EPSRC logo

Details of Grant 

EPSRC Reference: EP/F062443/1
Title: Screening New families of Metal Organic Frameworks for Hydrogen Storage
Principal Investigator: Redshaw, Professor C
Other Investigators:
Shang, Dr C
Researcher Co-Investigators:
Project Partners:
Auriga Energy Ltd Defence Science & Tech Lab DSTL
Department: Chemistry
Organisation: University of East Anglia
Scheme: Standard Research
Starts: 01 April 2008 Ends: 30 September 2009 Value (£): 177,996
EPSRC Research Topic Classifications:
Chemical Synthetic Methodology Energy Storage
EPSRC Industrial Sector Classifications:
Energy Transport Systems and Vehicles
Related Grants:
Panel History:
Panel DatePanel NameOutcome
18 Jan 2008 Feasibility Studies for Energy Research II Announced
Summary on Grant Application Form
Mankind has now realised that its dependance on oil cannot last forever. Viable alternative fuels are frantically being sought, particularly for use in the automobile industry. Hydrogen is emerging as a promising candidate, as it can be generated from a variety of sources. As a clean burning substitute, hydrogen has the potential to dramatically cut our carbon dioxide emissions to the levels suggested in the 2007 White paper (60 % reduction by 2050), however to be practical any new fuel needs to be safe and compact. As hydrogen is a gas at ambient temperatures, it would need to be compressed under very high pressures or cooled to very low temperatures to provide sufficient supplies necessary for the running of vehicles. Neither high pressures nor low temperatures are acceptible, not least on safety grounds. In an attempt to circumvent these problems, methods of chemical storage are been investigated. Amongst the front runners currently under investigation are microporous materials, which relie on high surface area and strong hydrogen binding affinity. Large scale syntheses and chemical flexibility are other important considerations, which put coordination networks based on metal ions linked by organic spacer molecules in the shop window. These metal-organic frameworks (MOFs) have recently shown potential for hydrogen uptake with systems based on zinc clusters/carboxylate linkers exhibiting hydrogen absorption values, albeit at low temperatures, approaching the 2010 targets set by the US Department of Energy for on-board hydrogen storage.It is the intention here to evaluate a promising new familiy of MOFs, the structures of which are based on zinc (or aluminium) clusters linked by diphenolate spacers. These systems possess all the attributes necessary for hydrogen absorption, can be prepared on multi-gramme scale and are readily amenable to chemical modification, including the incorporation of alkali-metal ions shown in other systems to be beneficial to hydrogen uptake. The zinc (and aluminium) clusters in our systems also possess intruiging and potentially useful conformations, which create internal pockets that are well suited to small molecule capture.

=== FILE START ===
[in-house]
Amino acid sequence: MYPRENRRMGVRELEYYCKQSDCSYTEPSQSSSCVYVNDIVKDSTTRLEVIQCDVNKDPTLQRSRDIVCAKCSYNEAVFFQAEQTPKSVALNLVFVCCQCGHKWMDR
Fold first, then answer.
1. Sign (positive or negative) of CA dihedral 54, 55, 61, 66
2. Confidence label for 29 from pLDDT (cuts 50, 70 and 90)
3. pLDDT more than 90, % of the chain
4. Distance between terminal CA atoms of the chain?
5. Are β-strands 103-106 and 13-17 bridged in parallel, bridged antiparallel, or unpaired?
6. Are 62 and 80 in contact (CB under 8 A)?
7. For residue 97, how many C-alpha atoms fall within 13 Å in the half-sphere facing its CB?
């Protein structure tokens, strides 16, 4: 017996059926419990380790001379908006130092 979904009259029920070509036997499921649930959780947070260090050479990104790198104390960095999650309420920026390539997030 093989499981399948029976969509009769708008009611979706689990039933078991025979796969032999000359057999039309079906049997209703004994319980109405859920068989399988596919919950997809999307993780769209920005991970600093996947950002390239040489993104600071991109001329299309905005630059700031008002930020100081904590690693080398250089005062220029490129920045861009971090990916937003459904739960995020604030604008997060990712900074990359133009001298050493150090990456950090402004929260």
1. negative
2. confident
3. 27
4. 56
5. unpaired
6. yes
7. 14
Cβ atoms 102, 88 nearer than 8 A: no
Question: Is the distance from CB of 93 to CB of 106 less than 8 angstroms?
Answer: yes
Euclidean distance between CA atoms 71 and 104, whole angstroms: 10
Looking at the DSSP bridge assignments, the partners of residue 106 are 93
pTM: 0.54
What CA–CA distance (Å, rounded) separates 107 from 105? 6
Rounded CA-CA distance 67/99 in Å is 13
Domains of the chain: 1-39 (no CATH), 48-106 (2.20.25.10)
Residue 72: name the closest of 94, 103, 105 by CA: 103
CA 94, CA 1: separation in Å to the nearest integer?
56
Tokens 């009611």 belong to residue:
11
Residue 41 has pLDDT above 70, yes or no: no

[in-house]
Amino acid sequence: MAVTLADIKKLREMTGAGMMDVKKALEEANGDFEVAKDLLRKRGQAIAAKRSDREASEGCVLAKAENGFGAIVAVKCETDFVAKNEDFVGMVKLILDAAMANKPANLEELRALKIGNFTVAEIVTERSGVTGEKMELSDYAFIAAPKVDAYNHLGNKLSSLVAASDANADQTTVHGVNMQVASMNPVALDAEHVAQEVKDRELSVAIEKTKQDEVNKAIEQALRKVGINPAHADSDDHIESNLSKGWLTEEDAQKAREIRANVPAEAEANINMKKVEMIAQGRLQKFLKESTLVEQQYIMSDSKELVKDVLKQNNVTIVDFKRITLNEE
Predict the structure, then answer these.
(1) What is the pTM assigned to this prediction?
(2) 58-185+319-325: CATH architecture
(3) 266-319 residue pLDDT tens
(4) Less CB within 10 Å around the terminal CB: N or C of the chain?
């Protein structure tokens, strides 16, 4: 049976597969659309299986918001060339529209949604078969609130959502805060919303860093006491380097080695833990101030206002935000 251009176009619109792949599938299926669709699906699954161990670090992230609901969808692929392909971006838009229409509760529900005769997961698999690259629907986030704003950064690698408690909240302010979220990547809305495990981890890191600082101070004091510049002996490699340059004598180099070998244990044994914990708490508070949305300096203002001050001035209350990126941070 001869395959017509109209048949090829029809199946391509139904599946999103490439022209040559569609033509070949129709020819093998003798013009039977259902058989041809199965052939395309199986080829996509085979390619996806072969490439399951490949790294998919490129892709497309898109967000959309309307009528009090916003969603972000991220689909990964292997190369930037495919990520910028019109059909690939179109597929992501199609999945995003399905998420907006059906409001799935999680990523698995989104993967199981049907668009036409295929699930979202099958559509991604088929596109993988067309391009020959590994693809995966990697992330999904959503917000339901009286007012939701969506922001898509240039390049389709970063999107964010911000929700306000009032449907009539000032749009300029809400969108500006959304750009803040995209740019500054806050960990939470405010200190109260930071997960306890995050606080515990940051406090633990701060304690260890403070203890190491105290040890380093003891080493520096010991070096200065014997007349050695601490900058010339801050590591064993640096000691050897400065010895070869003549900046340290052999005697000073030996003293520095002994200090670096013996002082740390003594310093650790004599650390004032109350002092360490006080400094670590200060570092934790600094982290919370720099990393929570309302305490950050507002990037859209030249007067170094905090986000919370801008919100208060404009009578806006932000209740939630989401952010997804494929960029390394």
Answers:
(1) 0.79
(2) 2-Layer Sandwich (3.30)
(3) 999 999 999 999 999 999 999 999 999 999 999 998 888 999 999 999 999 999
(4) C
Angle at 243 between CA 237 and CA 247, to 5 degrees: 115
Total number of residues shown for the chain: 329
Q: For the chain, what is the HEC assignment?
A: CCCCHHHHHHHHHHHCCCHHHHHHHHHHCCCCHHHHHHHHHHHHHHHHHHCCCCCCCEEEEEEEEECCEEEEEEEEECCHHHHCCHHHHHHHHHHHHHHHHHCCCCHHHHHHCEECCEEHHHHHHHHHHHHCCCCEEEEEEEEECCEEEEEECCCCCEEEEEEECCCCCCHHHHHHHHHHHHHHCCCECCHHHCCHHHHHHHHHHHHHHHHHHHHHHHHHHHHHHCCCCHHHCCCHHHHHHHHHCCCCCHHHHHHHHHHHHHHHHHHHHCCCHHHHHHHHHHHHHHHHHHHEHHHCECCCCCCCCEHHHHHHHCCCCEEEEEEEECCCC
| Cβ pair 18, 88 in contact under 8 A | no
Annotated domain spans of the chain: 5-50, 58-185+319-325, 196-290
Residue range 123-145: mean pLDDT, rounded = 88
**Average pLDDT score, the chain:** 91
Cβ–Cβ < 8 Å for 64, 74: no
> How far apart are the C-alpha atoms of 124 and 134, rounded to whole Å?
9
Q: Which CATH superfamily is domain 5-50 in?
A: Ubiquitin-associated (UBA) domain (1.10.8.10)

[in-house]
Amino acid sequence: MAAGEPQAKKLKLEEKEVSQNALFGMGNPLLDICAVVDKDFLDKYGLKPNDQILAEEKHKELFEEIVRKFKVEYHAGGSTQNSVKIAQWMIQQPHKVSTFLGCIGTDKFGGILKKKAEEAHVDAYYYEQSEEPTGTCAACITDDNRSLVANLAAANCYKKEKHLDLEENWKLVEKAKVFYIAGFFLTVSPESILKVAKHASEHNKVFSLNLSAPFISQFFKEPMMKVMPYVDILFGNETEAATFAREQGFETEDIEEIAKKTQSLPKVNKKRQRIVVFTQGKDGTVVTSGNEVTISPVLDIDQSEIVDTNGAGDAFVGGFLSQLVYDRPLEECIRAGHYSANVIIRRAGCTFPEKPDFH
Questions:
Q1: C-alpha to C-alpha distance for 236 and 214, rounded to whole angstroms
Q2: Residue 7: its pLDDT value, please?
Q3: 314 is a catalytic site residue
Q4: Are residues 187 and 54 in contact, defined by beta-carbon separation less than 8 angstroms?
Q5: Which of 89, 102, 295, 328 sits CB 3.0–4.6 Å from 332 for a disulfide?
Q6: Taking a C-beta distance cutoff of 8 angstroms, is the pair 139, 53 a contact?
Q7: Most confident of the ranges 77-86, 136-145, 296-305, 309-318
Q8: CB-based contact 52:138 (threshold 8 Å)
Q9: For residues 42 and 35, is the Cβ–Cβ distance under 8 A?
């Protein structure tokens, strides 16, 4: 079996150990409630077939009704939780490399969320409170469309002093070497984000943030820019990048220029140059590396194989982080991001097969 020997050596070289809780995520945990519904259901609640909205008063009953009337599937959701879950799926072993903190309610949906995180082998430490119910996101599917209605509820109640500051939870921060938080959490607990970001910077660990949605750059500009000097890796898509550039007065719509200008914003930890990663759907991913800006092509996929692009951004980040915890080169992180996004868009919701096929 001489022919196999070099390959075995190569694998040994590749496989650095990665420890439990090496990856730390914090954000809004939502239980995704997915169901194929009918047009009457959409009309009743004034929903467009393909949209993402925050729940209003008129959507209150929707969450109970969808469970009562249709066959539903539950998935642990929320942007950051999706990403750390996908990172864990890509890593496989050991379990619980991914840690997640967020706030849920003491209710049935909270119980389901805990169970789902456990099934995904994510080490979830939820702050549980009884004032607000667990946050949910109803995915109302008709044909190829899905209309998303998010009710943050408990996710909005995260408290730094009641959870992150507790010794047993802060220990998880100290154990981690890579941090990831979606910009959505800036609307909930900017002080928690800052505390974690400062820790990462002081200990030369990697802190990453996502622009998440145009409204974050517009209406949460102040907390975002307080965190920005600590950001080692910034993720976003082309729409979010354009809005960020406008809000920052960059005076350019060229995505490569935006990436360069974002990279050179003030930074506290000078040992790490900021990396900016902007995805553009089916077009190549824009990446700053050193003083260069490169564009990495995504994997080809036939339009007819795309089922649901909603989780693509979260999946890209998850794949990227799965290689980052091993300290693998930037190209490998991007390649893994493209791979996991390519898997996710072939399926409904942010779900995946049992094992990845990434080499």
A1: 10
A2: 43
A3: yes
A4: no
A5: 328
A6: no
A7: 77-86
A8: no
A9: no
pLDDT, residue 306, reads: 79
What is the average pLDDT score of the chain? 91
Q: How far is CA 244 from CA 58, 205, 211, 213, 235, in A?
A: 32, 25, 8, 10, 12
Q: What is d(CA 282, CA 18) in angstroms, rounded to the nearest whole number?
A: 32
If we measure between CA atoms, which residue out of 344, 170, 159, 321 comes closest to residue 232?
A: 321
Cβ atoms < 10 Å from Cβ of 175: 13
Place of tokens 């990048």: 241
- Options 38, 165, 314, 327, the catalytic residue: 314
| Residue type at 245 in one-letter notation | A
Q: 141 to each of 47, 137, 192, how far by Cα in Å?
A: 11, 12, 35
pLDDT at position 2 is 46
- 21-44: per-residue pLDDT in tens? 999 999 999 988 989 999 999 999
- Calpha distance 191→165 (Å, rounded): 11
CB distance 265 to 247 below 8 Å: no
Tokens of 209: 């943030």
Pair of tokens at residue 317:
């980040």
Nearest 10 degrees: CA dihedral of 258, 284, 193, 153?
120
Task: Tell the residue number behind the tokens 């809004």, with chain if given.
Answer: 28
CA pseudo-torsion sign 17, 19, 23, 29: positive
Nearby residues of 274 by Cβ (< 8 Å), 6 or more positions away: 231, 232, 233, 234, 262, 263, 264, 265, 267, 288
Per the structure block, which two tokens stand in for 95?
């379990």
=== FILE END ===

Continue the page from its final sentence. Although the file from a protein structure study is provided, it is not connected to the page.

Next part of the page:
Key Findings
This information can now be found on Gateway to Research (GtR) http://gtr.rcuk.ac.uk
Potential use in non-academic contexts
This information can now be found on Gateway to Research (GtR) http://gtr.rcuk.ac.uk
Description This information can now be found on Gateway to Research (GtR) http://gtr.rcuk.ac.uk
Date Materialised
Sectors submitted by the Researcher
This information can now be found on Gateway to Research (GtR) http://gtr.rcuk.ac.uk
Project URL:  
Further Information:  
Organisation Website: http://www.uea.ac.uk